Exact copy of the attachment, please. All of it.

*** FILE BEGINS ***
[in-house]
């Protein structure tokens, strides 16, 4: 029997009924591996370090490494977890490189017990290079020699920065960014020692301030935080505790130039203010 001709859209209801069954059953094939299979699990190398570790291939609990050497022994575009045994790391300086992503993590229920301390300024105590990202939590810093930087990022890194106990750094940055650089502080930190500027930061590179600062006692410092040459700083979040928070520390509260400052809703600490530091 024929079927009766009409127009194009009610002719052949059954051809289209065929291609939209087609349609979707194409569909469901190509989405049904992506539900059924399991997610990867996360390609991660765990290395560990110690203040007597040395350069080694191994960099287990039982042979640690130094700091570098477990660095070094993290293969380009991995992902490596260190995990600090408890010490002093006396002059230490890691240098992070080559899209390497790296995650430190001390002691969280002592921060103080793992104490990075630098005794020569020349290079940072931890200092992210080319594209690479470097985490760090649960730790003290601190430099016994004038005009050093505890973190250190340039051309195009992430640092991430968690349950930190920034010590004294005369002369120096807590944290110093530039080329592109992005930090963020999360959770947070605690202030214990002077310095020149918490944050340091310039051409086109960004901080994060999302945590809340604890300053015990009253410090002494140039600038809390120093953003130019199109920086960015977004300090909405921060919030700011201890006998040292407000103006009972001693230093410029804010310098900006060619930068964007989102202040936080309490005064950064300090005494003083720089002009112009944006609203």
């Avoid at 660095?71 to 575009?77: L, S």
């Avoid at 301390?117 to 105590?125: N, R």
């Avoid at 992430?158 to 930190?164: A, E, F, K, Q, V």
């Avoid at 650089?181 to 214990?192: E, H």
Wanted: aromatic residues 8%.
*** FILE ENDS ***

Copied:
[in-house]
């Protein structure tokens, strides 16, 4: 029997009924591996370090490494977890490189017990290079020699920065960014020692301030935080505790130039203010 001709859209209801069954059953094939299979699990190398570790291939609990050497022994575009045994790391300086992503993590229920301390300024105590990202939590810093930087990022890194106990750094940055650089502080930190500027930061590179600062006692410092040459700083979040928070520390509260400052809703600490530091 024929079927009766009409127009194009009610002719052949059954051809289209065929291609939209087609349609979707194409569909469901190509989405049904992506539900059924399991997610990867996360390609991660765990290395560990110690203040007597040395350069080694191994960099287990039982042979640690130094700091570098477990660095070094993290293969380009991995992902490596260190995990600090408890010490002093006396002059230490890691240098992070080559899209390497790296995650430190001390002691969280002592921060103080793992104490990075630098005794020569020349290079940072931890200092992210080319594209690479470097985490760090649960730790003290601190430099016994004038005009050093505890973190250190340039051309195009992430640092991430968690349950930190920034010590004294005369002369120096807590944290110093530039080329592109992005930090963020999360959770947070605690202030214990002077310095020149918490944050340091310039051409086109960004901080994060999302945590809340604890300053015990009253410090002494140039600038809390120093953003130019199109920086960015977004300090909405921060919030700011201890006998040292407000103006009972001693230093410029804010310098900006060619930068964007989102202040936080309490005064950064300090005494003083720089002009112009944006609203």
């Avoid at 660095?71 to 575009?77: L, S």
């Avoid at 301390?117 to 105590?125: N, R």
């Avoid at 992430?158 to 930190?164: A, E, F, K, Q, V």
């Avoid at 650089?181 to 214990?192: E, H």
Wanted: aromatic residues 8%.